Biologic, genetic markers predict radiation toxicity in oncology patients
medwireNews: A combination of biologic and genetic markers may be useful to predict which patients will experience toxicity following radiotherapy, suggest data presented at the ESTRO 38 conference in Milan, Italy.
Chris Talbot (University of Leicester, UK), told the ESTRO 38 conference that the findings could help doctors to assess which patients were most sensitive to radiation and either change the radiotherapy dose or plan other ways to avoid the side effects.
The international REQUITE study included 4441 patients with breast (n=2071), prostate (n=1810), or lung (n=560) cancer who were screened for radiation-induced lymphocyte apoptosis (RILA), as well as genome-wide and cancer-specific single-nucleotide polymorphisms (SNPs) prior to receiving radiotherapy.
Talbot and colleagues explain that the RILA assay assesses the percentage of radiation-induced apoptosis in lymphocytes, detected by flow cytometry 48 hours after ex-vivo irradiation of whole blood.
In a press statement, Talbot said: “A low percentage of radiation-induced cell death is associated with worse side effects, although we don’t know why this is. It may show that the state of the immune system on the day of radiotherapy is important.”
Indeed, the researchers found that the degree of RILA was significantly lower among patients with breast fibrosis at 2 years relative to those without fibrosis, at a mean of 12% versus 20%.
In addition, RILA was significantly inversely associated with urinary toxicity at 1 year among the patients with prostate cancer, and with acute breast pain among the breast cancer patients.
By contrast, there were no associations between RILA and other acute toxicities, which the researchers say was expected and “suggests that acute breast pain may be caused by different biological mechanisms than other radiation-induced side effects.”
Talbot and team also further investigated previous findings of a circadian rhythm effect on radiation response, reporting results that have also been published in Clinical Oncology.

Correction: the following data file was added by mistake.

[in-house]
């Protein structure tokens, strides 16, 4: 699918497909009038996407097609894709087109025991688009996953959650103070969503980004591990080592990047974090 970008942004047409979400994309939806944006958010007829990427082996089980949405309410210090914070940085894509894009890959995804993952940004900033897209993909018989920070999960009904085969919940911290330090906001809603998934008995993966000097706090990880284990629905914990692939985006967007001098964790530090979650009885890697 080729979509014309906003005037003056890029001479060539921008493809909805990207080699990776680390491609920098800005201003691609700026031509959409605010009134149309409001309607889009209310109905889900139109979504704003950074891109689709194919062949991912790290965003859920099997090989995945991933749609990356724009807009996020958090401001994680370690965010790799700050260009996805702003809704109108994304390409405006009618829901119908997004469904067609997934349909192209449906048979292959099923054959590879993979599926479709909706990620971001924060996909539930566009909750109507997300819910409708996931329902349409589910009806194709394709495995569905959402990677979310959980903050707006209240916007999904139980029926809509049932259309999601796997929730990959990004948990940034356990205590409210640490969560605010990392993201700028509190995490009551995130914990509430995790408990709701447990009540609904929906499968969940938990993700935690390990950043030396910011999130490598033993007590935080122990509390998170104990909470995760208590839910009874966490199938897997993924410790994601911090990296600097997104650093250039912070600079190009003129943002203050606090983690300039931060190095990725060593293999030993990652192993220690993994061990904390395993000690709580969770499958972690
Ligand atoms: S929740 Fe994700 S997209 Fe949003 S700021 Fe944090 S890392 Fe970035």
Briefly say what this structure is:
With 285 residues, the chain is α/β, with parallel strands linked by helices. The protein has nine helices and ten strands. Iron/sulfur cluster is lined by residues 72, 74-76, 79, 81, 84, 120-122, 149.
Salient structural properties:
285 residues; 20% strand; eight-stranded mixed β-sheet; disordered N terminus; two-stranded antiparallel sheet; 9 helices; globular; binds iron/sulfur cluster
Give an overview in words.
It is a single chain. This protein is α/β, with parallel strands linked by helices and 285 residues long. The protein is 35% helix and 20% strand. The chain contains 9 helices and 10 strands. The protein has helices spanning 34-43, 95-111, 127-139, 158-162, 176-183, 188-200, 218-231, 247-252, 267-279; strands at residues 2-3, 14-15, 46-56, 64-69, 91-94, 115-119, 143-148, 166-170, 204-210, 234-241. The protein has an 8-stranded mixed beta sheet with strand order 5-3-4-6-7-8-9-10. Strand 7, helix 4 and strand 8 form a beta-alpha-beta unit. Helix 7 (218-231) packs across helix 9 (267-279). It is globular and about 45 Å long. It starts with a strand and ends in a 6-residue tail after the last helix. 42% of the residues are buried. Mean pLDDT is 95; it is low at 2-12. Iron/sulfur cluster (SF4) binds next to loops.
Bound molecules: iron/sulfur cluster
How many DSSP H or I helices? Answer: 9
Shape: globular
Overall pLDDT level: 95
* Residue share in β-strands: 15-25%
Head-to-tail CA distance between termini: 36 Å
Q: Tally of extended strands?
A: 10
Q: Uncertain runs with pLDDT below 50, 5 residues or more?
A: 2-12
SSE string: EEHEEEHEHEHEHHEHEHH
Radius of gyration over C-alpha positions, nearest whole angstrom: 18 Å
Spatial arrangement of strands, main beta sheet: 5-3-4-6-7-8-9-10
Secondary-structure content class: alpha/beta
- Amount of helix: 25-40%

They found that, overall, breast patients given radiotherapy in the morning were 60% more likely to experience late toxicity than those treated in the afternoon but genotyping for SNPs in the period circadian regulator 3 (PER3; n=361) and Nocturnin (NOCT) genes suggested the effect was not universal.
Specifically, the 46% of individuals who carried the PER3 4/4 variable number tandem repeat (VNTR) had a 4.8-fold increased risk for toxicity when treated in the morning versus later in the day, whereas no such increase was seen among carriers of the 4/5 or 5/5 VNTRs.
In addition, the 68% of patients with a NOCT A/A variant had a 2.7-fold increased risk for toxicity when treated in the morning, whereas those with the A/G variant had no increased risk.
Conversely, the analysis showed that variants in these genes were associated with a significant 3.5-fold increase in the likelihood for acute diarrhoea among prostate cancer patients treated in the afternoon versus morning.
Talbot said: “This is the largest study to date to assess the use of biomarkers to predict radiotherapy-related toxicity.”
He added: “If these findings are confirmed, we could avoid side effects in patients simply by testing for these genes and then advising on the best time of day to be treated. We are currently working on the biological mechanisms involved, but in breast cancer patients we believe it is due to the timing of the division of skin cells.”
Commenting on the data in the press release, the chair of the ESTRO Young Committee Dr Pierfrancesco Franco, from the University of Turin in Italy, said: “This study is an elegant demonstration of how translational research potentially can help oncologists during the clinical decision-making process in order to offer patients a personalised approach that balances the need to control the tumour with the need to minimise the side effects on normal tissues, optimising radiotherapy treatment.”
By Laura Cowen
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